The decision of whether or not to use a Service Locator approach or use a DiC should be asked and answered not for your code base as a whole, but for each layer or component. The Service Locator pattern should be applied only in places where the it makes the most sense. There are a few simple questions that help you decide whether applying the Service Locator pattern to a particular component or layer within your application makes the most sense.

To reiterate, this is not a pattern that should be applied carte-blanche to all code. Not all code may benefit from using a Service Locator. To help you decide, start by dissecting the structure of your code into layers and components. For example, the layers in an MVC application are Models, Controllers and Views (in that order). The components can be any supporting library code that can stand on its own.

Once you’ve done this, the next question to ask of each is which part could benefit from the usage of a Service Locator vs. having explicitly defined class dependencies. To do this, there are a few considerations that help you decide:

  • What does an instance of a particular class best represent? Is it an object with a well defined API, or does the class better serve as a collection of somewhat related methods? (Loose API’s benefit from consuming a Service Locator.)
  • How many actual required dependencies are there? (Obj.’s with many dependencies benefit from a Service Locator)
  • Is it cumbersome to wire in a large set of dependencies? (Similar to above, put another way.)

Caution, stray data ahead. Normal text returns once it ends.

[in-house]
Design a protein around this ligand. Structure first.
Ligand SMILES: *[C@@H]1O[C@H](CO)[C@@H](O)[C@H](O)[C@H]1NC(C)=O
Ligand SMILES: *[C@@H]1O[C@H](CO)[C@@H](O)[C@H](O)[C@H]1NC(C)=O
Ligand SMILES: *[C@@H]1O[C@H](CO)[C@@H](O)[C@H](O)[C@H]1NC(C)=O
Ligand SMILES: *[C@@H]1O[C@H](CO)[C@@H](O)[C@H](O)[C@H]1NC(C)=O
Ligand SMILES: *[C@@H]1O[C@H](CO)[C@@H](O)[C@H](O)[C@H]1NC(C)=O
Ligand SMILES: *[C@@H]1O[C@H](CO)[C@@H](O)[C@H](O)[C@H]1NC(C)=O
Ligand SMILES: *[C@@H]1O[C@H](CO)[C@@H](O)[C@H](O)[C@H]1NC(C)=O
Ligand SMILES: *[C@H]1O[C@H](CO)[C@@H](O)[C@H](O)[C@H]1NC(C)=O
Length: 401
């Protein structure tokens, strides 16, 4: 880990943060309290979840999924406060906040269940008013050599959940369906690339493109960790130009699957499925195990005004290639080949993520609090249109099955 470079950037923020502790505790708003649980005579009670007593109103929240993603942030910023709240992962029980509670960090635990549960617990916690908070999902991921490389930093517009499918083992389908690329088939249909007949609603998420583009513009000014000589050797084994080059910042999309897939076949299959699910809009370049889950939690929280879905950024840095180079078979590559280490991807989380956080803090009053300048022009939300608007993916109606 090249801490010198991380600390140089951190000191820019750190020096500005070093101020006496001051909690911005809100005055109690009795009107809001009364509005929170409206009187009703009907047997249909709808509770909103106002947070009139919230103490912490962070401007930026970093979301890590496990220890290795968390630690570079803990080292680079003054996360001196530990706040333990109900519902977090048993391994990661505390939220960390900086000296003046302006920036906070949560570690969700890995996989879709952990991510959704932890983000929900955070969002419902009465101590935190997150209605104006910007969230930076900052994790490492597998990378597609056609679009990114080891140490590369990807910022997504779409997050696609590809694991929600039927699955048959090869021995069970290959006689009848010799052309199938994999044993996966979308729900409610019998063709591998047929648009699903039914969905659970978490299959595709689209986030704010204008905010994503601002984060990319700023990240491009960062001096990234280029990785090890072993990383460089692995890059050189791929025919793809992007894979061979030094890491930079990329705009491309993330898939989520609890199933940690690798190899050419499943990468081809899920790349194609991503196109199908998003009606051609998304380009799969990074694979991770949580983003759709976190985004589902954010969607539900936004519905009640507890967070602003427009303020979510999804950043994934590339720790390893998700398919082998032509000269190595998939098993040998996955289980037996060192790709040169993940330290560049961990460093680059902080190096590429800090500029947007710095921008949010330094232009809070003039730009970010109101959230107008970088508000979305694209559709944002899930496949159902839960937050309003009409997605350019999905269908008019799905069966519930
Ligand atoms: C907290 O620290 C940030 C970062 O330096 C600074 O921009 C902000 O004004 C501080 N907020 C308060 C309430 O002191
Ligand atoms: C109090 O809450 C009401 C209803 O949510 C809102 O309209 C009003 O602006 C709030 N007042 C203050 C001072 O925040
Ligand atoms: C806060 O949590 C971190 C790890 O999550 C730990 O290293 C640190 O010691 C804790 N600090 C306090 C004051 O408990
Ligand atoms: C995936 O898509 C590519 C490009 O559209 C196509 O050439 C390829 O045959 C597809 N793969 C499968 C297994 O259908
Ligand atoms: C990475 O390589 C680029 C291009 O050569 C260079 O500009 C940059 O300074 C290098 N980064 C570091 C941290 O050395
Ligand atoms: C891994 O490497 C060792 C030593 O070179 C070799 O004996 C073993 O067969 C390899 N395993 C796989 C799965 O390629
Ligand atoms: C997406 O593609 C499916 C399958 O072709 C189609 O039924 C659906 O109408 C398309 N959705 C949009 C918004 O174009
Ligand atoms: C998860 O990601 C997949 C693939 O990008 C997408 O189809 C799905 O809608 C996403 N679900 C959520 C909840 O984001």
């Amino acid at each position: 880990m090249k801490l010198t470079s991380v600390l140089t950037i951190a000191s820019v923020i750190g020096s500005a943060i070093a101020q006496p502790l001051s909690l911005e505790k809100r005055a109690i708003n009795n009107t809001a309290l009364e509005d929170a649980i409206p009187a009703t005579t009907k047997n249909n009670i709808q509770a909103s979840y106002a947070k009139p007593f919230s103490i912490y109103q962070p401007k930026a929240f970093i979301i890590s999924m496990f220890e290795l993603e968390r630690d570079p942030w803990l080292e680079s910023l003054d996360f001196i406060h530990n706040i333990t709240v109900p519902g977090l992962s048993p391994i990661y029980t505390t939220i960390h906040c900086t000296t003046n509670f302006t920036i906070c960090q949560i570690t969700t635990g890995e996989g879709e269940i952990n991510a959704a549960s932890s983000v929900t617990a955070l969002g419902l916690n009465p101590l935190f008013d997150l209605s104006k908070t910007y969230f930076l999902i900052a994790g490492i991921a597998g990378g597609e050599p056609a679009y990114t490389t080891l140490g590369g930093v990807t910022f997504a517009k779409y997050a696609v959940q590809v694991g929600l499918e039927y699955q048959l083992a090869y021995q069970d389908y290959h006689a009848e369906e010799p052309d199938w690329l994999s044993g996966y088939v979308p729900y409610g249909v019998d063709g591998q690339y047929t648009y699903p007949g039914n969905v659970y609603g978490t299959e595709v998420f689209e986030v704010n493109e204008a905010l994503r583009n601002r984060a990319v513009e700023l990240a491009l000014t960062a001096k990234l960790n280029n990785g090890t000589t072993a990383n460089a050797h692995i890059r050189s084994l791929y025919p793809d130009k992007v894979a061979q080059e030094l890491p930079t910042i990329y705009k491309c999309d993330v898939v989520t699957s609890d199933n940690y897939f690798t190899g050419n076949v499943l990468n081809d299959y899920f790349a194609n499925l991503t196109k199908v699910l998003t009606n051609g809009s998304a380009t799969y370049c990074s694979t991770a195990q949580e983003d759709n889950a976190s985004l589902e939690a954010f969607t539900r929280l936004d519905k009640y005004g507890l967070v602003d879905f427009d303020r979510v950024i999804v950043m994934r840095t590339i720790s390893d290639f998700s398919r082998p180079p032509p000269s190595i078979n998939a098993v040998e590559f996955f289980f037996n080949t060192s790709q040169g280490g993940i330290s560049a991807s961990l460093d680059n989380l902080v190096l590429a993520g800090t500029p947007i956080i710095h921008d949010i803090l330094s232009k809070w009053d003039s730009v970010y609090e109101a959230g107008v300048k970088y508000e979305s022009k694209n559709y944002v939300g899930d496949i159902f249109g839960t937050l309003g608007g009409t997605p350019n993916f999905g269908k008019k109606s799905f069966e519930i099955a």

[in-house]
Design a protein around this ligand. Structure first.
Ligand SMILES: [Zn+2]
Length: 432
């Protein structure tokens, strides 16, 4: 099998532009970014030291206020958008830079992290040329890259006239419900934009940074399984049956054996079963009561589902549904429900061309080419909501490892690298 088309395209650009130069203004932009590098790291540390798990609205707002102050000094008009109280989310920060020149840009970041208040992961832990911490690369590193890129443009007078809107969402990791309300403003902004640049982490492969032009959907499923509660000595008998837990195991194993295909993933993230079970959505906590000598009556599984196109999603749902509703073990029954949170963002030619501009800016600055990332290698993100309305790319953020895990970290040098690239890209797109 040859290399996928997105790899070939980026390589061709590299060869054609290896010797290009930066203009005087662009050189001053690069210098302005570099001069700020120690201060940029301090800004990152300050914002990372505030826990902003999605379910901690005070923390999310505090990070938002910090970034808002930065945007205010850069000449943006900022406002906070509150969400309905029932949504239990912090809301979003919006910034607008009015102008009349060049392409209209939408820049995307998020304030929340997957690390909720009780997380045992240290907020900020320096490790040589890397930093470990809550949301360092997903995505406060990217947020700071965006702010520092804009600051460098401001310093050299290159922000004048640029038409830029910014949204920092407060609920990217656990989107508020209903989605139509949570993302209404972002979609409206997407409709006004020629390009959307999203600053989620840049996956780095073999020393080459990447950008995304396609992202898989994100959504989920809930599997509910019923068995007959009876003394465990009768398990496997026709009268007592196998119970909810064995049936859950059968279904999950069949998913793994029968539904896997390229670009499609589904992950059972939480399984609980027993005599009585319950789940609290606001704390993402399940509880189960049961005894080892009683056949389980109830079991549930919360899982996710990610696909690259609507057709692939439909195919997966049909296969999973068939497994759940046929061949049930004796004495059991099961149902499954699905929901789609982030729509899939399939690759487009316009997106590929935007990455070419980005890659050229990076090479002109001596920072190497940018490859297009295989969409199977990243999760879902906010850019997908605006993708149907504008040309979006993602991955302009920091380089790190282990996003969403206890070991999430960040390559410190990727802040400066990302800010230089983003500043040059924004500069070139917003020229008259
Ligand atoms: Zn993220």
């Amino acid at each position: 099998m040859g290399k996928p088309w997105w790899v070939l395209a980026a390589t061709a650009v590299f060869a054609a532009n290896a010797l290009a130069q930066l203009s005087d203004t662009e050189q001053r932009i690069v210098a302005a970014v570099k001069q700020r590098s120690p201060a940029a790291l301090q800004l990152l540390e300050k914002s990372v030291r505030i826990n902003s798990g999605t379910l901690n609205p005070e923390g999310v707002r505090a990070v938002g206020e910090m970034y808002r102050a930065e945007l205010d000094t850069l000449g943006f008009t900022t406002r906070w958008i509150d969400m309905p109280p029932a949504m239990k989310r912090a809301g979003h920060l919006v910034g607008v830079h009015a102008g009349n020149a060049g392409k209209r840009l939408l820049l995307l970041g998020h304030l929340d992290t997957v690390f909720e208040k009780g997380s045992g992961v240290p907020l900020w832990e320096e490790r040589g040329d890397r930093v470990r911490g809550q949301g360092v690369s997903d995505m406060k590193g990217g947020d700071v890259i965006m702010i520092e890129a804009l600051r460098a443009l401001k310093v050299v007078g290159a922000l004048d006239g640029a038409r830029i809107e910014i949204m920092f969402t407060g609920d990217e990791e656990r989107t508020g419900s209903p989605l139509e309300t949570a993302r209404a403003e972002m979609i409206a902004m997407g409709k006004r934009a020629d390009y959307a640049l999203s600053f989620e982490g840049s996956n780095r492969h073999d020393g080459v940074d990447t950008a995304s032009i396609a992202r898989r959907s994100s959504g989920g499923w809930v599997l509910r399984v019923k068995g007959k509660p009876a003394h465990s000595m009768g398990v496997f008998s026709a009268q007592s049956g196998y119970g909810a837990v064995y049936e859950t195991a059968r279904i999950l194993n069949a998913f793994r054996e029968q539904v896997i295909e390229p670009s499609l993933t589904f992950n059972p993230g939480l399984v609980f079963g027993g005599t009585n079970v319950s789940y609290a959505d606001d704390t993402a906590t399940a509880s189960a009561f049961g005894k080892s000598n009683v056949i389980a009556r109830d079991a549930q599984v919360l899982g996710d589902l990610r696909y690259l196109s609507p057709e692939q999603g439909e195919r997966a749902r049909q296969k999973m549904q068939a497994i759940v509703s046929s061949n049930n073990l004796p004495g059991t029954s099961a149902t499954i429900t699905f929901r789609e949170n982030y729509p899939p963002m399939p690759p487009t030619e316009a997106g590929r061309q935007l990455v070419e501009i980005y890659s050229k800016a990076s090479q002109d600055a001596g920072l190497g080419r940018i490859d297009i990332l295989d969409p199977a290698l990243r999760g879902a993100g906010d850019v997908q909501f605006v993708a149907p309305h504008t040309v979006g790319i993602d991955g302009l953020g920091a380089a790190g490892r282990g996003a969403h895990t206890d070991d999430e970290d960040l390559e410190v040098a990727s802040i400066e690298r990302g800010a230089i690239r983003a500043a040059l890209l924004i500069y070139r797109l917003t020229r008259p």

• How many “optional dependencies” are there? (Obj.’s with variable dependency sets benefit from a Service Locator)
  • How many required dependencies shared throughout all workflows of a given object? (Obj.’s with many dependencies benefit from a Service Locator.)
  • Is it anticipated that the number of dependencies might grow over time, or is it fixed? (Adding dependencies requires informing the consumer about how to wire new dependencies.)
  • How important is it that a particular class announce its dependencies in various method signatures? (More dependencies means more API introspection to determine how to wire an object.)
  • Is this piece of code at the center of many cross-cutting concerns? (Cross-cutting concern objects generally have lots of completely unrelated dependencies. As such, their API, like in point number 1, means little in terms of defining the objects actual role.)

In summary, if you find that if:

  • a layer of code or component has many dependencies that are not shared by all workflows of that particular consuming object;
  • that the number of these dependencies is large and capable of growing over time;
  • that there is not much importance on objects announcing their dependencies (via constructor injection, setter or interface injection);

then Service Location is by far a better solution than practicing dependency injection.

An Example/Exercise In Where I Make The Distinction

To better understand the considerations I’ve laid out above, I’ll demonstrate their application in an application’s architecture.